• Non-Binary Americans Can’t Get Health Insurance

    Did you know that there are no health insurance options for non-binary people in the U.S.? Whenever you apply for health insurance, the application asks for your gender/sex, and every application only has male/female options.

    When I corrected my birth certificate to state that I’m “non-binary,” I called my health insurance provider to update my account. They said they could not do the update because their insurance plans are specifically and only for males and females.

    Photo by Ivan Radic (Creative Commons)

    Health Insurance Broker Claims They Could Help

    In the summer of 2022, I received an email from the State Bar of Arizona with information about its health insurance exchange. I snarkily responded that I cannot get health insurance because I’m non-binary. The rep for the program sent me a response that said they were “confident” that they could find me a health insurance plan because federal law prohibits discrimination based on gender.

    My thoughts were dripping with sarcasm. I thought they were coming from a good place, but I didn’t think they knew what they were talking about.

    Wait – The Rep Found Me Non-binary Health Insurance?

    A few months later, when open enrollment started, the rep from the health insurance exchange sent me an email saying they’d found me some options for health insurance.

    Really?! I figured, if they even bothered writing me back, that they would saying they couldn’t find any options for non-binary people.

    Intrigued, I clicked on the link to the options they found. My curiosity quickly shifted to anger when I saw that the rep classified me as “female.”

    What the fuck, dude! (I thought it. I didn’t say it.)

    I sent them an annoyed, but respectful, response that I explicitly told them months ago that I’m non-binary, not female. (This is the issue I’ve been dealing with for years.)

    The rep responded that every health insurance option requires the applicant to declare themselves as “male” or “female.” I messaged them back with something like, “Welcome to my non-binary life.” I refuse to declare a gender that’s a lie.

    Photo by Thomas Backa (Creative Commons)

    Obnoxious Emails from HealthCare.gov

    Open enrollment also meant the beginning of a slew of emails from HealthCare.gov about researching and applying for health insurance under the Affordable Care Act. Every time one of these messages arrived, I became more and more prickly.

    I finally replied to one of these emails with “I can’t get health insurance because I’m non-binary.” Less than a minute later, a response arrived:

    “The email is not monitored.”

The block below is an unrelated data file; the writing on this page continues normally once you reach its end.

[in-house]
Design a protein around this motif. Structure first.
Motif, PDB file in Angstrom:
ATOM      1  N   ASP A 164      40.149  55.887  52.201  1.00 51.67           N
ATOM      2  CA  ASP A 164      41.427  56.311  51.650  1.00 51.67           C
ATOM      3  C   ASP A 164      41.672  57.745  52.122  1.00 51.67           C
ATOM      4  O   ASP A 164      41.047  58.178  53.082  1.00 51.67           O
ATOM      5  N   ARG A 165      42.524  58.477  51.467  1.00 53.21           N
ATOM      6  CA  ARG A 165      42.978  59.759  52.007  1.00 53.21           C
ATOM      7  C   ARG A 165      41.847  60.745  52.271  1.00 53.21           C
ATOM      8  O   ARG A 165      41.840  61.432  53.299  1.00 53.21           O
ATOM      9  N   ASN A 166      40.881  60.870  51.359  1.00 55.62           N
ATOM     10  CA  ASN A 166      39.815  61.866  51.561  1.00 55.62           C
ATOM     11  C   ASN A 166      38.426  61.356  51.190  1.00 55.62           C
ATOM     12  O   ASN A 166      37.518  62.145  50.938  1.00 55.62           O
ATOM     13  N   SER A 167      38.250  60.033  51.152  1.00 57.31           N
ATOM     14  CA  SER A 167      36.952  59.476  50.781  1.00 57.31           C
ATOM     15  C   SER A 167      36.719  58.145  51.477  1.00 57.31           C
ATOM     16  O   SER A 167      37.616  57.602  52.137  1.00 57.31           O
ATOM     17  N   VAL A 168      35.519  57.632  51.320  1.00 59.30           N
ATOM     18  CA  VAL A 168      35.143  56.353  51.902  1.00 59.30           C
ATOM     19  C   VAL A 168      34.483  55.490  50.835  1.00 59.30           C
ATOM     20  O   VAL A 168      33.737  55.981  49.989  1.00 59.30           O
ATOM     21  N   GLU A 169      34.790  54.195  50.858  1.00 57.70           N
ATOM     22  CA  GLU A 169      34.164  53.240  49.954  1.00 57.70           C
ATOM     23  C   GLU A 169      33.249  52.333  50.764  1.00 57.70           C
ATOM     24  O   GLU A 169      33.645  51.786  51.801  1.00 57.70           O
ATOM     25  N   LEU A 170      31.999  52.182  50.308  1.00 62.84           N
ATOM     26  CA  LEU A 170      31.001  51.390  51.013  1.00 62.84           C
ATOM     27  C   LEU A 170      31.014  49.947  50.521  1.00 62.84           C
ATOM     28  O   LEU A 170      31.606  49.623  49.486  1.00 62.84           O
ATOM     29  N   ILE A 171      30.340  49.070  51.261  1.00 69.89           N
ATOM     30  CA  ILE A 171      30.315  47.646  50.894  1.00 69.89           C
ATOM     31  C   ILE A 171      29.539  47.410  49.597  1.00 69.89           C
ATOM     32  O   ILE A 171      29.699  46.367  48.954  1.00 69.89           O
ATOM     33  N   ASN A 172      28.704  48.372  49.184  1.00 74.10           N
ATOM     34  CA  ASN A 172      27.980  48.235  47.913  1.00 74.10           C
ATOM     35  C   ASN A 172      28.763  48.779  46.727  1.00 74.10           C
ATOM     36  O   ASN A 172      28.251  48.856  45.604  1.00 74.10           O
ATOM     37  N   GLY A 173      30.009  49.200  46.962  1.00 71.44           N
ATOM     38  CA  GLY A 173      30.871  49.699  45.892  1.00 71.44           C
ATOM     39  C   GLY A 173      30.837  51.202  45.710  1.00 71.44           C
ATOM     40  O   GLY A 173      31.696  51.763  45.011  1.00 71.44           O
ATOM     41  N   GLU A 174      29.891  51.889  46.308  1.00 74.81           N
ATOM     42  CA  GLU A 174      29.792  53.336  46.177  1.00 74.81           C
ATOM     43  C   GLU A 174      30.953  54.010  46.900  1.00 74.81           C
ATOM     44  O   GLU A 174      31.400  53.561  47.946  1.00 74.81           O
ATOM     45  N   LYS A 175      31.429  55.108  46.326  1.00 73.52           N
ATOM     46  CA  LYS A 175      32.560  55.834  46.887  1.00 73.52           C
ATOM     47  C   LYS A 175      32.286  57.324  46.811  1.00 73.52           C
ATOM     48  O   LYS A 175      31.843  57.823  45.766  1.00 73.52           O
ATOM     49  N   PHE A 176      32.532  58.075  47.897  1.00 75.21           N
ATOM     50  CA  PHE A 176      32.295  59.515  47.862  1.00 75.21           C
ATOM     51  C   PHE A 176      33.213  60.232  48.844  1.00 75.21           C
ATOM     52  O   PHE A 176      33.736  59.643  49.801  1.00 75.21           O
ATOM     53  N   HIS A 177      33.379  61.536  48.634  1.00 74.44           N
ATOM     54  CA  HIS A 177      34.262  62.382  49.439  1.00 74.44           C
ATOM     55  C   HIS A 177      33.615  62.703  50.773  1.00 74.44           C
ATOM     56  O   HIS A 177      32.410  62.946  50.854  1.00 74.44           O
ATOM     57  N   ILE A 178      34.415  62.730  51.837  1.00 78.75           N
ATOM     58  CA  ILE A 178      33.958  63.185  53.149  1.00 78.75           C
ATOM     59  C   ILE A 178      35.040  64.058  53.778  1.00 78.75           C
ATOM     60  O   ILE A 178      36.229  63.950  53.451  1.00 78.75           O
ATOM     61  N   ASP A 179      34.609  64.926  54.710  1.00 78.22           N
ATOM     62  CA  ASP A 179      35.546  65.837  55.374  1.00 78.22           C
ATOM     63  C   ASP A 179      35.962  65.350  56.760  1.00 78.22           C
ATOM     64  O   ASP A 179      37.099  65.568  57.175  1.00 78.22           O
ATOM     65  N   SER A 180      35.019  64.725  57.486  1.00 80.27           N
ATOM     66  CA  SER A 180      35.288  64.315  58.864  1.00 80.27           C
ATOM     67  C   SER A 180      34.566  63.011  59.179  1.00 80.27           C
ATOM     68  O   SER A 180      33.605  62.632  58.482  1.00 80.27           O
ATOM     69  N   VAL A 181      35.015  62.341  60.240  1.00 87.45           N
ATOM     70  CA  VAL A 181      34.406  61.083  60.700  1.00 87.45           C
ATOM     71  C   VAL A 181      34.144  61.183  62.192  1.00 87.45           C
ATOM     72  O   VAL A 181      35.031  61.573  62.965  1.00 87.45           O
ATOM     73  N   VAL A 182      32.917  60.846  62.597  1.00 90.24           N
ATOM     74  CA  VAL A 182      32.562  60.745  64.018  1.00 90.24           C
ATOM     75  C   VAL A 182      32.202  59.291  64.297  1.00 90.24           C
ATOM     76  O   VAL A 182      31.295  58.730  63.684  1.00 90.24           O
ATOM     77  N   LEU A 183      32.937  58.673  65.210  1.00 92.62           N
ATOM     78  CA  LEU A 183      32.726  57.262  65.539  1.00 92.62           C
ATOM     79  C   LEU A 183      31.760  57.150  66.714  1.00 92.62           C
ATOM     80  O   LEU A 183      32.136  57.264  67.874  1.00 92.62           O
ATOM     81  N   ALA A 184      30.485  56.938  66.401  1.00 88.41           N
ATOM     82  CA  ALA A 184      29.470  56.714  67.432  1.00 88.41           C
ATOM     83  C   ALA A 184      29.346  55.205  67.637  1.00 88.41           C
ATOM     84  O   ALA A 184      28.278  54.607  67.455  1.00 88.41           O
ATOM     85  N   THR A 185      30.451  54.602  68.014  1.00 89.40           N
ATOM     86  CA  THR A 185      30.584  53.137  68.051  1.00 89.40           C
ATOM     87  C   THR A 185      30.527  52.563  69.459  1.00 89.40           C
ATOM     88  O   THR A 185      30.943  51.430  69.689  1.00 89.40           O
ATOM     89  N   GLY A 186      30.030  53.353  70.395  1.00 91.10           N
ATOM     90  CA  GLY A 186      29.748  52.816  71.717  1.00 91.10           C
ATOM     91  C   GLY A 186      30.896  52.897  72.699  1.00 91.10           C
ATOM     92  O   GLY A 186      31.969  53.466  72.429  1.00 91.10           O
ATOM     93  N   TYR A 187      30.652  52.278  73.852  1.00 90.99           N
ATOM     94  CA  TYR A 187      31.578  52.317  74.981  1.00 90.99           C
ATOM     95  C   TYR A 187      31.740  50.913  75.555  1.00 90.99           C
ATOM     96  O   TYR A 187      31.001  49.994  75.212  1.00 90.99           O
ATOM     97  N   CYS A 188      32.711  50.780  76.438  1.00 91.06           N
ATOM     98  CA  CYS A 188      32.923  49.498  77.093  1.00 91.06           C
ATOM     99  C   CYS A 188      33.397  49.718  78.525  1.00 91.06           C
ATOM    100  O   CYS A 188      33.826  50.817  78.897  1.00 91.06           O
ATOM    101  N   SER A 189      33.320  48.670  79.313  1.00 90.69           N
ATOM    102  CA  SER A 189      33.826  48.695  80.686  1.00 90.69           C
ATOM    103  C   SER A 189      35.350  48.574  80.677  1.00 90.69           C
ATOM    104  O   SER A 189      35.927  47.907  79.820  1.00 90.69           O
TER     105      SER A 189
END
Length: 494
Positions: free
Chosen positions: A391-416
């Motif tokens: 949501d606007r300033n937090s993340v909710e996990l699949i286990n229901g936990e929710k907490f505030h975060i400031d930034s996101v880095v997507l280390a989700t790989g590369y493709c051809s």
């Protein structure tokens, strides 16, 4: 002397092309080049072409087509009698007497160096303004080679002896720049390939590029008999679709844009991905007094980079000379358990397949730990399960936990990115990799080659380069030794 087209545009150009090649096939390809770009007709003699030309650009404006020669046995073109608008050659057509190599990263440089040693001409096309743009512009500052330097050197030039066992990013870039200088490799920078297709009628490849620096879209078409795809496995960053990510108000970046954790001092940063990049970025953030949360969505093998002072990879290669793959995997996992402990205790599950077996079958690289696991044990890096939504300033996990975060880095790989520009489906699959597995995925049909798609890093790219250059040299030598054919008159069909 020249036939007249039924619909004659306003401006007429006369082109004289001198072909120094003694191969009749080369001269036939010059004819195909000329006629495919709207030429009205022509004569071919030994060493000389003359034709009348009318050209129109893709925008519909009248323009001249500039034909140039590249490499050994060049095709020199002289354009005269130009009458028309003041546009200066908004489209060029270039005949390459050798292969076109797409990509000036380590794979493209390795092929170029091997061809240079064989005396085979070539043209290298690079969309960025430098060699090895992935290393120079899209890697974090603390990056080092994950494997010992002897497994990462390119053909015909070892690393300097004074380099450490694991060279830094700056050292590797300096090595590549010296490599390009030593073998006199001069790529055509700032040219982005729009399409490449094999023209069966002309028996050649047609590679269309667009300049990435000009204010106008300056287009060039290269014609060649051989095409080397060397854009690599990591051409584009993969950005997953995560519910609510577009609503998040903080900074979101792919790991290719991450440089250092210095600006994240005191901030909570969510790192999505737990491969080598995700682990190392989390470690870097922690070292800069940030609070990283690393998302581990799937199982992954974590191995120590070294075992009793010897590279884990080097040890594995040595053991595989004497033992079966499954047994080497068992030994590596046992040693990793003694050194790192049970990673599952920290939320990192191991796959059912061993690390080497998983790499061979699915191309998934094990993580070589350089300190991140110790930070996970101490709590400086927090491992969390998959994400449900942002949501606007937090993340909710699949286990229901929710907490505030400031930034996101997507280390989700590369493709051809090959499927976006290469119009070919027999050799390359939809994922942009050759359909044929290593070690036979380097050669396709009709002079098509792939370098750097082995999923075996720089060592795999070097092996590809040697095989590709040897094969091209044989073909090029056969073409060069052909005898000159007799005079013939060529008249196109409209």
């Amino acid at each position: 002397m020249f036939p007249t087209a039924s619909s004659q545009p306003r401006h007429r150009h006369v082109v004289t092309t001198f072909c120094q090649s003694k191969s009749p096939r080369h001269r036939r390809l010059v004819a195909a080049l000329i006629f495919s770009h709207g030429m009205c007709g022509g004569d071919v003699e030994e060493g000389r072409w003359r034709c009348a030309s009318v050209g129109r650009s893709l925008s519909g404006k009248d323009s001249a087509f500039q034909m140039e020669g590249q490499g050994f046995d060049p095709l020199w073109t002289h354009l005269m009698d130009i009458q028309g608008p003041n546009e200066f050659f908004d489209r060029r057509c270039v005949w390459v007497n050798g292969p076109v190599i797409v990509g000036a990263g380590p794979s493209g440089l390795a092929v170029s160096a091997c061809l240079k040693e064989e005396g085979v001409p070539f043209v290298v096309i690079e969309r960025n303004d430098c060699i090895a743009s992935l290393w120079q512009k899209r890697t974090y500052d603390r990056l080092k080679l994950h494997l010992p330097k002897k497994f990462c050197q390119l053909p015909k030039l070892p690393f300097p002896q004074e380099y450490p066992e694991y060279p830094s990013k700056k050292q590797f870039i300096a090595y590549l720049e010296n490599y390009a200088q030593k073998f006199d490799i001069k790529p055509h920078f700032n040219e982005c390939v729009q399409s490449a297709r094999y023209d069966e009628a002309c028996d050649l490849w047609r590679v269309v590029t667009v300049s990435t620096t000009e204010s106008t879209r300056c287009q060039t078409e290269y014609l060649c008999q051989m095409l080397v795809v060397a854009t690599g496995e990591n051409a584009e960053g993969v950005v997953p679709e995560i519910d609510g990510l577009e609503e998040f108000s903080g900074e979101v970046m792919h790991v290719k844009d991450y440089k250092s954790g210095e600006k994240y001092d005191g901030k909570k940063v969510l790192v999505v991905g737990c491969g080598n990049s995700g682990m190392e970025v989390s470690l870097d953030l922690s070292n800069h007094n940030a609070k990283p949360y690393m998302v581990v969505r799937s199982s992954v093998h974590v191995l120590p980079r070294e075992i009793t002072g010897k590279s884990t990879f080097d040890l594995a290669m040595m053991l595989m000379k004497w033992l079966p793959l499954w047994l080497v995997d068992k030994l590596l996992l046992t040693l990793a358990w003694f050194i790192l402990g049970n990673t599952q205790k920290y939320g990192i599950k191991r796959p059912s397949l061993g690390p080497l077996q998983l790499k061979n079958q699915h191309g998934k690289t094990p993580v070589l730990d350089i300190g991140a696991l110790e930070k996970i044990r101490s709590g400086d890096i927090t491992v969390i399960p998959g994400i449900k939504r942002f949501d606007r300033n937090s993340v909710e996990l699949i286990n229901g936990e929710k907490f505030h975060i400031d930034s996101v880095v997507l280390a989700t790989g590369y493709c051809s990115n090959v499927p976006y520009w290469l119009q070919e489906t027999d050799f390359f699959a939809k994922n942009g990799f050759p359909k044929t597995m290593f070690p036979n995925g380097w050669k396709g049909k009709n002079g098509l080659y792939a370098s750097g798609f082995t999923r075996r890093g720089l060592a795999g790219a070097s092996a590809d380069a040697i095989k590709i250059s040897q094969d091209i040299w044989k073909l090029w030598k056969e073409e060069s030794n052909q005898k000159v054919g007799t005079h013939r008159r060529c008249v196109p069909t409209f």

Damn it!  

    Photo by Timo Kohlenberg (Creative Commons)

    I Called the Government

    When HealthCare.gov did not provide an option to email the government for help, I picked up the phone and called them. I clicked through their menu of options to get to a human, a polite man with a southern accent.

    I explained to him that I’m non-binary and there are no health insurance options for people like me on their site. His response: “Let me put you on hold and ask my manager.”

    When he came back on the line, the rep said a trans person can claim their new gender, male or female, when applying for health insurance. I told him again that I’m non-binary, not male or female, and that’s what’s on my birth certificate, driver’s license, and passport.

    “Birth certificate?”


    “Let me put you on hold and ask my manager again.”

    When he got back on the line, he was apologetic, but said that every health insurance plan requires you to state that you’re male or female.

    I knew this would be the answer. The point of making the call was to spread awareness about this issue, and I was curious to see how long it would take them to realize that non-binary people can’t get health insurance without lying about who they are. Before hanging up, I asked the rep to please let his manager know that this is a problem impacting all non-binary Americans.

    I also set my email up to automatically send all future emails from HealthCare.gov to spam.

    Why I Keep My Current Health Insurance

    I need health insurance to cover my medications and to be there if something catastrophic happens. If I didn’t, I’d approach an organization like Lambda Legal or the ACLU about teaming up, giving up my incorrect health insurance plan, paying the penalty on my federal taxes, and suing the government and/or health insurance providers for gender discrimination for not providing a health insurance option for non-binary people.

    Photo by Joe Abbruscato

    Hope on the Horizon

    The Social Security Administration is expected to add the X gender option sometime in 2023. Hopefully, this is the last year we have to identify as something we’re not in order to get health insurance. (Trans men and women were recently given the ability to update their social security records without needing a doctor’s letter.)